Business Live: Tuesday 26 August 2014

Live text

Reporting:

  • Rebecca Marston 
  • Ian Pollock 

Last updated 26 August 2014

BREAKING HEADLINES

  • New Isas tempt savers in July
  • WPP results hit by strong pound
  • UK service sector growth slows down

STANDARD 06:00

Rebecca Marston, Business reporter, BBC News

Good morning. Myself and Brer Pollock welcome you to Tuesday's Live Page.

STANDARD 06:01

Ian Pollock, Business reporter, BBC News

We are the pipers at the gates of dawn. Calling the tune on this morning's business news just for you.

STANDARD 06:03 INTEREST RATES

Radio 5 live

Wake Up To Money, on 5live, reports a survey from the financial website Nutmeg. It repeats the findings of previous research that quite a lot of people - 20% in this case - would have trouble repaying their mortgages if mortgage rates rose by three percentage points. Nick Hungerford of Nutmeg also told WUTM listeners that "the understanding of how interest rates affect your repayments is incredibly low".

STANDARD 06:12 FRENCH ECONOMY

Arnaud Montebourg

While we were enjoying our Bank Holiday yesterday, the French cabinet resigned after an attack on its policies by the economy minister, Arnaud Montebourg. Here's why he did it: "I expressed this publicly so that nobody could ignore it because we are in a particularly dire situation. I remind you that the way in which the deficit is being forcibly reduced is sinking all of the European economies and what we don't want, and what I'm obliged to say is that we don't want the European Union to continue its descent into hell."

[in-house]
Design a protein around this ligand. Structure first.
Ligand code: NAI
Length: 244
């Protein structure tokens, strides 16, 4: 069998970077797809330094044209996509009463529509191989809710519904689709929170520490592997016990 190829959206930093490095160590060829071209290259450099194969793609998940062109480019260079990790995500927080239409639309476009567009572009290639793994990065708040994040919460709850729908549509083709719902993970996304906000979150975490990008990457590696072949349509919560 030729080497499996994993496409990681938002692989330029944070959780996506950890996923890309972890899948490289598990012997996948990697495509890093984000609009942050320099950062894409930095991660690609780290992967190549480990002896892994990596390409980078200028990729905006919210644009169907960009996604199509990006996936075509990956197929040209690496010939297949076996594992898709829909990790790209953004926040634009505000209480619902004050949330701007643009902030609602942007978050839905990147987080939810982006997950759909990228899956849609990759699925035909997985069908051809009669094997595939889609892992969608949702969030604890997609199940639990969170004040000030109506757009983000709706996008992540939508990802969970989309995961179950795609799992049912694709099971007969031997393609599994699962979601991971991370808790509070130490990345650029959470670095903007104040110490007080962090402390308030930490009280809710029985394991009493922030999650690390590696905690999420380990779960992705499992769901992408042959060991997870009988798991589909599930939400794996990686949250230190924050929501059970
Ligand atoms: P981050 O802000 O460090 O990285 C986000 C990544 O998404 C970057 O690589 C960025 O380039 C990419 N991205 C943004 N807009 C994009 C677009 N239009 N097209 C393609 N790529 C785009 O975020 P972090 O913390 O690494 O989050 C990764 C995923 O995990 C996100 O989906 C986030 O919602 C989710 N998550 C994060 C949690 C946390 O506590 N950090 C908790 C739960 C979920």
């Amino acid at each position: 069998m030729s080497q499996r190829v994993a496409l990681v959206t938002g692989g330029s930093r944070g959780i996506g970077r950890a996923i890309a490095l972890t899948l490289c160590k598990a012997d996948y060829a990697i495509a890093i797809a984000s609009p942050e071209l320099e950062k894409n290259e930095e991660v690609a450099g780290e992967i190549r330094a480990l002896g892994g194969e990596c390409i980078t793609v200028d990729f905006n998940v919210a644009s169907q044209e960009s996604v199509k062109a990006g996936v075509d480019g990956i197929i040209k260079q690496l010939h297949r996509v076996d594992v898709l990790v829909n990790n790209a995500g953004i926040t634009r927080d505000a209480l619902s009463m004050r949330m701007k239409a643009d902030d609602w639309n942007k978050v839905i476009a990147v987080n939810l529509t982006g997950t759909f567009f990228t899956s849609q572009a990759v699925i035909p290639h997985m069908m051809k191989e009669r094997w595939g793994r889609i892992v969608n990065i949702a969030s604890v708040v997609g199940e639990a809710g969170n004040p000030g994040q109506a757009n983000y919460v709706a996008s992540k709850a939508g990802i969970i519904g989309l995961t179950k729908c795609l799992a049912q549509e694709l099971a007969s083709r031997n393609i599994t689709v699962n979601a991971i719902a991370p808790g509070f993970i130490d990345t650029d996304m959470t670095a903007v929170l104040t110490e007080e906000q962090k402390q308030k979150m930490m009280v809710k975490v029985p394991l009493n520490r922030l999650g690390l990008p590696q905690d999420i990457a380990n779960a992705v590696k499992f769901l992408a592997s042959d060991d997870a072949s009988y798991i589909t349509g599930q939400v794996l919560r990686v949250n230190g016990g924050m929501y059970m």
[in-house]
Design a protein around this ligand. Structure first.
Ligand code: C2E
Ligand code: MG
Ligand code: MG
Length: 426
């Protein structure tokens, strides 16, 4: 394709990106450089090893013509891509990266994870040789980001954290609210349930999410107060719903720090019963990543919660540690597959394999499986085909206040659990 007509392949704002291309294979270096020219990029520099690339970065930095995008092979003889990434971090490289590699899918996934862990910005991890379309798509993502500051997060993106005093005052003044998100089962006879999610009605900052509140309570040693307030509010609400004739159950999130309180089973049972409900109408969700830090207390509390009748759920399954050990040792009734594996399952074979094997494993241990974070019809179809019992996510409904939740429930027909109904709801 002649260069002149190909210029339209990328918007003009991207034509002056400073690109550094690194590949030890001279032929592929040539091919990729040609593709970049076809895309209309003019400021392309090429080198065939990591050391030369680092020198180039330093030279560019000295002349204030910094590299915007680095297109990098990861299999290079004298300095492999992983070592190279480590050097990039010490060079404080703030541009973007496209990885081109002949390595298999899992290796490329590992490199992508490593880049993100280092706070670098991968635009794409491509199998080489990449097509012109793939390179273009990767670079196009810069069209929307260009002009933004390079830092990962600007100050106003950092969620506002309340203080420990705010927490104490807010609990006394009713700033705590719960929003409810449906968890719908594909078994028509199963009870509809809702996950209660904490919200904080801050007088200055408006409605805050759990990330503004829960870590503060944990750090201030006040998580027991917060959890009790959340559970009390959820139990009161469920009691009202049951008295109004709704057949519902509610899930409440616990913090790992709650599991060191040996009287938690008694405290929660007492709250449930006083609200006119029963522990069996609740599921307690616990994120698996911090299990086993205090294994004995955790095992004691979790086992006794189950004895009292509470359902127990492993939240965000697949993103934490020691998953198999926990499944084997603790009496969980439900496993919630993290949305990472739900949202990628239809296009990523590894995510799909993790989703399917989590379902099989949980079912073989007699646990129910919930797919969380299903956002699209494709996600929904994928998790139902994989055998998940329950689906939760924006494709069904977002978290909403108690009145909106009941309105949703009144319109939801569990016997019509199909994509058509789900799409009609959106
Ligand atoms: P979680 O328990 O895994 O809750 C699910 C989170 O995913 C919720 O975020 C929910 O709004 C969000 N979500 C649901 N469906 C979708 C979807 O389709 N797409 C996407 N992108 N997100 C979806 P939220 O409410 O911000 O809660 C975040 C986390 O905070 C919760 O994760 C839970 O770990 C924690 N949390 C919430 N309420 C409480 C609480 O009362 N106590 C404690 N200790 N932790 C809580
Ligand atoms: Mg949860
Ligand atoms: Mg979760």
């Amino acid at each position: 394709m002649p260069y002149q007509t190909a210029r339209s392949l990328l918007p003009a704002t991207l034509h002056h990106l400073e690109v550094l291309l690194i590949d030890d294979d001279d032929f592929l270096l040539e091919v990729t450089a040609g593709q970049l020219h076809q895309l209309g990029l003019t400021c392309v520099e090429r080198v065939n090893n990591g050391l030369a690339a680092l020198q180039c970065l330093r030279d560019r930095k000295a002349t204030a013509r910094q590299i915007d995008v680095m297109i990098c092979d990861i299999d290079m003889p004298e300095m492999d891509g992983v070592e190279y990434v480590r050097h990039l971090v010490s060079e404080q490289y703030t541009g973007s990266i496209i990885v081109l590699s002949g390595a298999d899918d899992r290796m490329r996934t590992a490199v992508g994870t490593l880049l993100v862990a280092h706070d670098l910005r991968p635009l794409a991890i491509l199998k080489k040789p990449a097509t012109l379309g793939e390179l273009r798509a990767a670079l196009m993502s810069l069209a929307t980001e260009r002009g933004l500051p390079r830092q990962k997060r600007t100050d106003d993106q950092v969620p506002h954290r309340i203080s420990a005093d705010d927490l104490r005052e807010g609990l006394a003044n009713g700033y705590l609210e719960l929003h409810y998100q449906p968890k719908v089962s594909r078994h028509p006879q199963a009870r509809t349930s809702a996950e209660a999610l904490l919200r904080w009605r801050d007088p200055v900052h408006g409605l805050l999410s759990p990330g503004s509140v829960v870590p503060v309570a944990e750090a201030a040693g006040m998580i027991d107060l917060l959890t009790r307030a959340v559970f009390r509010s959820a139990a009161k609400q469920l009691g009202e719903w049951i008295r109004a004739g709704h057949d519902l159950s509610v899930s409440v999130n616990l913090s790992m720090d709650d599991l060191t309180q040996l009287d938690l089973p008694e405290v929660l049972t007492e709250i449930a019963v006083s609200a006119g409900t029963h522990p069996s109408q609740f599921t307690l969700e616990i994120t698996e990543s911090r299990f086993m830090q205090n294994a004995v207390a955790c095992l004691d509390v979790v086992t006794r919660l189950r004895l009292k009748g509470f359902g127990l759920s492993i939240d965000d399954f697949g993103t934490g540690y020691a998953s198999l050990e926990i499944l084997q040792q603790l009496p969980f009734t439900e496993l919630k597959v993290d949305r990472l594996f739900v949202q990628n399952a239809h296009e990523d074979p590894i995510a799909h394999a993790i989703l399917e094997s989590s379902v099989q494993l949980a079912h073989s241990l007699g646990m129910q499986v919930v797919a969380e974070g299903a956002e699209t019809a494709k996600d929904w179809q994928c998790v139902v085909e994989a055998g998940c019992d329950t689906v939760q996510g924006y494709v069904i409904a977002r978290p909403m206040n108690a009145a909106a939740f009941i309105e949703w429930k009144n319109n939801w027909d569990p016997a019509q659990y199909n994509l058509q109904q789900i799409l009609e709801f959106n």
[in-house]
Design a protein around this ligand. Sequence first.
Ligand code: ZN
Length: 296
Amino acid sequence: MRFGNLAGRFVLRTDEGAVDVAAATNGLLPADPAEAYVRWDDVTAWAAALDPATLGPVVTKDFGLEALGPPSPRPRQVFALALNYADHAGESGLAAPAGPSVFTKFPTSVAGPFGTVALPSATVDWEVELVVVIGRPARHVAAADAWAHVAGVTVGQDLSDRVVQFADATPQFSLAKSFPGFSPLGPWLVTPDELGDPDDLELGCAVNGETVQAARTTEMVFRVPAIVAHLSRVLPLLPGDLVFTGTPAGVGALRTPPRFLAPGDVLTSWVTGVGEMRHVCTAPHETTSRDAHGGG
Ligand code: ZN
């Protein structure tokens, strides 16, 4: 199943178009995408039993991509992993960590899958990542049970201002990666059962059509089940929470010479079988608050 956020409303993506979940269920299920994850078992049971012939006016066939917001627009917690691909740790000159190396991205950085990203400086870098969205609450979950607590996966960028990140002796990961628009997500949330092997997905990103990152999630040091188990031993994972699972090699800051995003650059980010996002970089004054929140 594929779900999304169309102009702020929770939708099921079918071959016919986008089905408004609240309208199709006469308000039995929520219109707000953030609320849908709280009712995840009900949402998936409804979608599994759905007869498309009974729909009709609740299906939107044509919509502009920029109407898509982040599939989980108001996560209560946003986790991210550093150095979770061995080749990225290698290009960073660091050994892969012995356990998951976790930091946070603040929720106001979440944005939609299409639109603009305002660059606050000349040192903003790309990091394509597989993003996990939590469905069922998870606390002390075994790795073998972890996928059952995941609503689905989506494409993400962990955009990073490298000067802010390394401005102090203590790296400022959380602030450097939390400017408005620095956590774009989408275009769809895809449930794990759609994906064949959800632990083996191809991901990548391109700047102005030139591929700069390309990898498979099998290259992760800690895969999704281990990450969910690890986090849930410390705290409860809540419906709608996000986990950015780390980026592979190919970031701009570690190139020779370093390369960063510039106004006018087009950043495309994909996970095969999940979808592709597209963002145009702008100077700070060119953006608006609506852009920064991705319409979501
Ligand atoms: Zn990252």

STANDARD 06:17 PROPERTY MILLIONAIRES

Housing

Apparently the number of so-called property millionaires in Britain is almost 50% higher than last year. The property website Zoopla says 484,081 homes in Britain are now worth more than £1m. They reckon that's nearly a 50% increase on last year. Not surprisingly, a third of streets where houses cost on average of more than one million pounds are in London. Not mine though.

STANDARD 06:27 CHINA PROPERTY

Hong Kong tall buildings

The Financial Times editorial has a dire warning about the Chinese property sector - it is "one of the greatest threats to the global economy". Construction on real estate account for 13% of GDP. It says faith in Beijing's ability to prevent a slump becoming a crash is unravelling. Brrrr.

STANDARD 06:38 INDEPENDENCE DEBATE

BBC Radio 4

There was plenty of heat in last night's Salmond-Darling debate on Scottish independence, but how much light was generated? Dr Angus Armstrong of the National Institute of Economic and Social Research told Today listeners that "if you like confrontation, this was really compelling viewing. But it's not clear that on the big issues we are much further forward."

STANDARD 06:50 FRENCH ECONOMY

Radio 5 live
Bottling

Wake Up to Money wanted us to know they were already planning to have a gander at the eurozone's condition - before the French political resignations. Guillaume de Laforcade, sales director of a craft brewery called Brasserie Castellain, tells us: "The French economic situation is really not good... French consumers are affected by the economic situation and it is really, really, hard."

STANDARD 07:02 SINGAPORE ECONOMY

Singapore skyline

Figures for the Singapore economy are out. They show strong growth - up 2.7% in July compared with June, giving an annual growth rate of 3.3%. Stock markets weren't bothered by it though. Asian markets are little changed.

STANDARD 07:20 STAGECOACH

Bus

Stagecoach, the transport giant, gives an interim management statement. Most of its businesses are doing well, but it sounds this note of alarm: "The New York sightseeing market remains highly competitive, with current trading challenging." It has some legal trouble with it but "remains in discussion" to resolve it. Apart from that, its other operations, including South West Trains and East Midlands rail, and city bus operations in major UK cities, are all doing OK, it says.